Louis immediately offered to pay “the animal’s weight in gold.”
Thereupon Wharton relented—though not in the way that Louis had
expected him to:

“I will not sell the horse,” he said, “no, not even for its weight in
gold. If, however, your Majesty will do me the honour to accept it as
a gift….”

But so generous a proposal Louis flatly declined to entertain, and
eventually the horse did not change hands at all. For some weeks
afterwards the principal topic of conversation throughout France and
part of England was the great race. Indeed it is probable that this
single race and the talk that followed it served to stimulate in
France a zest for the sport that became far keener than even Louis
XIV. had deemed would ever be possible.


_After a painting by Sir Godfrey Kneller_]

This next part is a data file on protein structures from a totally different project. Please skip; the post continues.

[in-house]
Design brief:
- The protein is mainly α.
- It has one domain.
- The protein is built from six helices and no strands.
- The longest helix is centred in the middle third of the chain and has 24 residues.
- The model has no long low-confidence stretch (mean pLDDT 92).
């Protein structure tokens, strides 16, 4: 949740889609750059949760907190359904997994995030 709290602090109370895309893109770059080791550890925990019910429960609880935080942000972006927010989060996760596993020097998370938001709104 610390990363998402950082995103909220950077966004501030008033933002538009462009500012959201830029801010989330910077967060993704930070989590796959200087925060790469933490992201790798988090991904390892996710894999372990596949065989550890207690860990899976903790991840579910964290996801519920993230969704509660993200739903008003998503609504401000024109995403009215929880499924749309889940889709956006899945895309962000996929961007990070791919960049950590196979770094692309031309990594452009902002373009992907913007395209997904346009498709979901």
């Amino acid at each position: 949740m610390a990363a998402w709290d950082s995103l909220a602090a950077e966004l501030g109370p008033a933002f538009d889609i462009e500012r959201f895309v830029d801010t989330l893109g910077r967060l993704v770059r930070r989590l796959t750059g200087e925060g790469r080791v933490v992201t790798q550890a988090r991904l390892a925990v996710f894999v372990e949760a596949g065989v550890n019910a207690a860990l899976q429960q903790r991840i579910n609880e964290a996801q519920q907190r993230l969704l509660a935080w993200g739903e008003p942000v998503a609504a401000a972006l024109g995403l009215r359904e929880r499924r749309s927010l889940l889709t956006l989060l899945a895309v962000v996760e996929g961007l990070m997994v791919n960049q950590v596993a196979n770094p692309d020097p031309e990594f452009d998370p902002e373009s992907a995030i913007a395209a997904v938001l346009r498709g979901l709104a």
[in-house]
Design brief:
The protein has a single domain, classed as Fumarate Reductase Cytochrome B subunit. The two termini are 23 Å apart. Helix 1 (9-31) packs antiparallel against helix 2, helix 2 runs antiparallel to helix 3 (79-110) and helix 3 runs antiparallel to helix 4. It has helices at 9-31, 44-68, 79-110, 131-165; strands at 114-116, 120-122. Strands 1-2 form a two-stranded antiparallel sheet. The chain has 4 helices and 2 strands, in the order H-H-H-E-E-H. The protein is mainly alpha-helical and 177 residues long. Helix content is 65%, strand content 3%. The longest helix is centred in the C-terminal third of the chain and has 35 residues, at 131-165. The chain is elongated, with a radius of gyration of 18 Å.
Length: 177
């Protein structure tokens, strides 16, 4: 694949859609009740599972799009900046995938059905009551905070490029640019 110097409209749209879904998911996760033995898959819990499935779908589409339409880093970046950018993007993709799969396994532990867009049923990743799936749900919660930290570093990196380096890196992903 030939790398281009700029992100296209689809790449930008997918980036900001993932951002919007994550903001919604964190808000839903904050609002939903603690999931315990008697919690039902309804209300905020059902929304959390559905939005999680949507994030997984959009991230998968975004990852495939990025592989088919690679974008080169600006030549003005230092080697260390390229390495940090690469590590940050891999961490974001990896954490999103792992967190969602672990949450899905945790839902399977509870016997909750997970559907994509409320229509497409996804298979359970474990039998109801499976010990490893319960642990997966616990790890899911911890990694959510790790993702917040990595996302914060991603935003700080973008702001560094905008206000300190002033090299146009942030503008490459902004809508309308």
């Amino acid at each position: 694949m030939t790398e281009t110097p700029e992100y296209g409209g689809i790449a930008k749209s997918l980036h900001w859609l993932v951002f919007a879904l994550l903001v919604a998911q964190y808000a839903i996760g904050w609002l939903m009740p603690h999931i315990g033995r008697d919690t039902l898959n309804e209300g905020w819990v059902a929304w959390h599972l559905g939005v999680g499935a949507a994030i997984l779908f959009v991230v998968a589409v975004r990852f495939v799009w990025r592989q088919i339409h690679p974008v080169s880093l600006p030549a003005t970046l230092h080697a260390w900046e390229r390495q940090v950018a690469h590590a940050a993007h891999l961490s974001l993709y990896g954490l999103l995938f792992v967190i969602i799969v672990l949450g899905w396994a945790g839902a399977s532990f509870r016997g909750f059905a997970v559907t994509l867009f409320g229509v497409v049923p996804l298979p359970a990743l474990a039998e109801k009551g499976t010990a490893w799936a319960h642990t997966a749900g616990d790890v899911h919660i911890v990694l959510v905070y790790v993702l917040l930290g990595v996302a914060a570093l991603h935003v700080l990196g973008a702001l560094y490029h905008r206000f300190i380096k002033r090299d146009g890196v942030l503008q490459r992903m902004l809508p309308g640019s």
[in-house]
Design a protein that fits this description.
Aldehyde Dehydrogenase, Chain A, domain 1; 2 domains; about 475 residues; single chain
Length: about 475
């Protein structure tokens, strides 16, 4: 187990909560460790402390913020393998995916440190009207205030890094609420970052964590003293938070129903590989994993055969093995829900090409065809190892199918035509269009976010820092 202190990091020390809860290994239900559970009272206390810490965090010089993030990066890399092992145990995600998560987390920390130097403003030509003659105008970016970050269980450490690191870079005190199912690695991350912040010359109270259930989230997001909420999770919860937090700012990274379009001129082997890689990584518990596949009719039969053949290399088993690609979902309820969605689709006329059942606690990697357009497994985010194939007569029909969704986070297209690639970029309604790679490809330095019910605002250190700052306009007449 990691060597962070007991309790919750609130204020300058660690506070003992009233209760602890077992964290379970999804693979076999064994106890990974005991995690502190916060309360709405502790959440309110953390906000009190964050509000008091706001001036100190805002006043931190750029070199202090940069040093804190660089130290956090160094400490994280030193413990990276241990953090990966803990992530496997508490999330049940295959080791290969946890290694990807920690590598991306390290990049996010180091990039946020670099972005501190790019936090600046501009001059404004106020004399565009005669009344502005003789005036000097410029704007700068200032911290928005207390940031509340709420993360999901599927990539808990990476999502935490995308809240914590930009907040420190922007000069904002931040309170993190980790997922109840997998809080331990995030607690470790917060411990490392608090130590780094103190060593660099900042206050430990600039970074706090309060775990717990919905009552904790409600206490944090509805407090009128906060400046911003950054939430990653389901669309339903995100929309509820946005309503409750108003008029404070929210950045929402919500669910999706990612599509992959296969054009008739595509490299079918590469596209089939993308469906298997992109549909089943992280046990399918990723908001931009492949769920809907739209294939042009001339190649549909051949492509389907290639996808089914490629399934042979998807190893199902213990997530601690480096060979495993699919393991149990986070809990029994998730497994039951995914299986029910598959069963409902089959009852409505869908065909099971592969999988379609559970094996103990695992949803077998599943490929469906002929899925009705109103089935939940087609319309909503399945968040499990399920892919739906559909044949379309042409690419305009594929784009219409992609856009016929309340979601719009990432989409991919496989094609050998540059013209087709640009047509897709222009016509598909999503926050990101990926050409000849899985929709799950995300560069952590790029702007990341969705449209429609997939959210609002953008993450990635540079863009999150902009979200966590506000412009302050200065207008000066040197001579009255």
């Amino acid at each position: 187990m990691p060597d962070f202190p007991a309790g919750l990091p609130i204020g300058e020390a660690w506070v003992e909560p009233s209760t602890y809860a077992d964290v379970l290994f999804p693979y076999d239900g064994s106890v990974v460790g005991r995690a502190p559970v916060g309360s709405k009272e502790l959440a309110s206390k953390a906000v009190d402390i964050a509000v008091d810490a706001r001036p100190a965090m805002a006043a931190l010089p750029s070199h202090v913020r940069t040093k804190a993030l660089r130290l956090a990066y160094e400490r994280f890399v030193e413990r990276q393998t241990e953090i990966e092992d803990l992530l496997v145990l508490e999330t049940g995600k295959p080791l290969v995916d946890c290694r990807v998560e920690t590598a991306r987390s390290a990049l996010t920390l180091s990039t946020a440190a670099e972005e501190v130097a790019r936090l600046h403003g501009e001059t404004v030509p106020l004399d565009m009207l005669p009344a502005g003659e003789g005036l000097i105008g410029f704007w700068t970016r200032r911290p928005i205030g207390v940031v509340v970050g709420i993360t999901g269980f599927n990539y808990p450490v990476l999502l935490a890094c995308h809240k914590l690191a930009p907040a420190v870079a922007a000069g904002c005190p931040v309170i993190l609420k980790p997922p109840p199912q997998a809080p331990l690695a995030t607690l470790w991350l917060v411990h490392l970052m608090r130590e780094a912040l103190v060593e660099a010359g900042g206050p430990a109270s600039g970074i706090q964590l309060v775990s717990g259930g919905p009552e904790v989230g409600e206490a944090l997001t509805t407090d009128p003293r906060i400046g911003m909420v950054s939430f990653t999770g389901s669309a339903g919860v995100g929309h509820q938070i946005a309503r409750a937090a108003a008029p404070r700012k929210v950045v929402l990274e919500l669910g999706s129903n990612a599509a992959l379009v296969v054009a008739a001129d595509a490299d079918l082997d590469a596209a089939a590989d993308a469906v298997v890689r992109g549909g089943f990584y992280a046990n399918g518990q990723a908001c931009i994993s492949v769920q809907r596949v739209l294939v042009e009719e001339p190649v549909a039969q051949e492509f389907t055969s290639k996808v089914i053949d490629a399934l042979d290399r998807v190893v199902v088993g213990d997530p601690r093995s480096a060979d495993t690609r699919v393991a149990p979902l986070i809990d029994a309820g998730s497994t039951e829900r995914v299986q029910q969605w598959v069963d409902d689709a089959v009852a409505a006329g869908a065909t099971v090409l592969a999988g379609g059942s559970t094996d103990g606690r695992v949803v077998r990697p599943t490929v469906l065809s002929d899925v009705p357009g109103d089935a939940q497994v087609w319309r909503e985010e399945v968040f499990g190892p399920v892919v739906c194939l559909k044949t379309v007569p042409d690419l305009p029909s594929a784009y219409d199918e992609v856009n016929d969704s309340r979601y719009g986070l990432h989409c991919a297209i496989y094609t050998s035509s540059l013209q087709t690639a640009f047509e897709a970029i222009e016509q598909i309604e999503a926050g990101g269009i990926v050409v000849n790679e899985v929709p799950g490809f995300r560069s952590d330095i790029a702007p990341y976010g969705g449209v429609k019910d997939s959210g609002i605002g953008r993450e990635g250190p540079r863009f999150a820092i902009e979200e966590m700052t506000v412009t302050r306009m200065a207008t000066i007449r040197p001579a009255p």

Among the more prominent of the race horse’s progenitors in the
seventeenth century were the Small Bay Arabian, imported by James I.;
Burton’s Barb Mare; the Helmsley or Buckingham Turk, owned by the Duke
of Buckingham; and of course Charles II.’s Dodsworth, a well-shaped,
natural Barb, though foaled in England about the year 1670.

Mention has already been made of the Royal Mares, the majority of
which were brought over from Tangiers about the year 1669. Towards the
beginning of Charles II.’s reign the annual charge for the horses of
the king and queen and those of the officers of the royal household
was fixed at £16,640—a sum subsequently denounced by the king’s
enemies as “extravagant beyond belief.”

That it was a considerable charge to make all must admit, yet it was
not necessarily extravagant beyond measure. For in an age when outward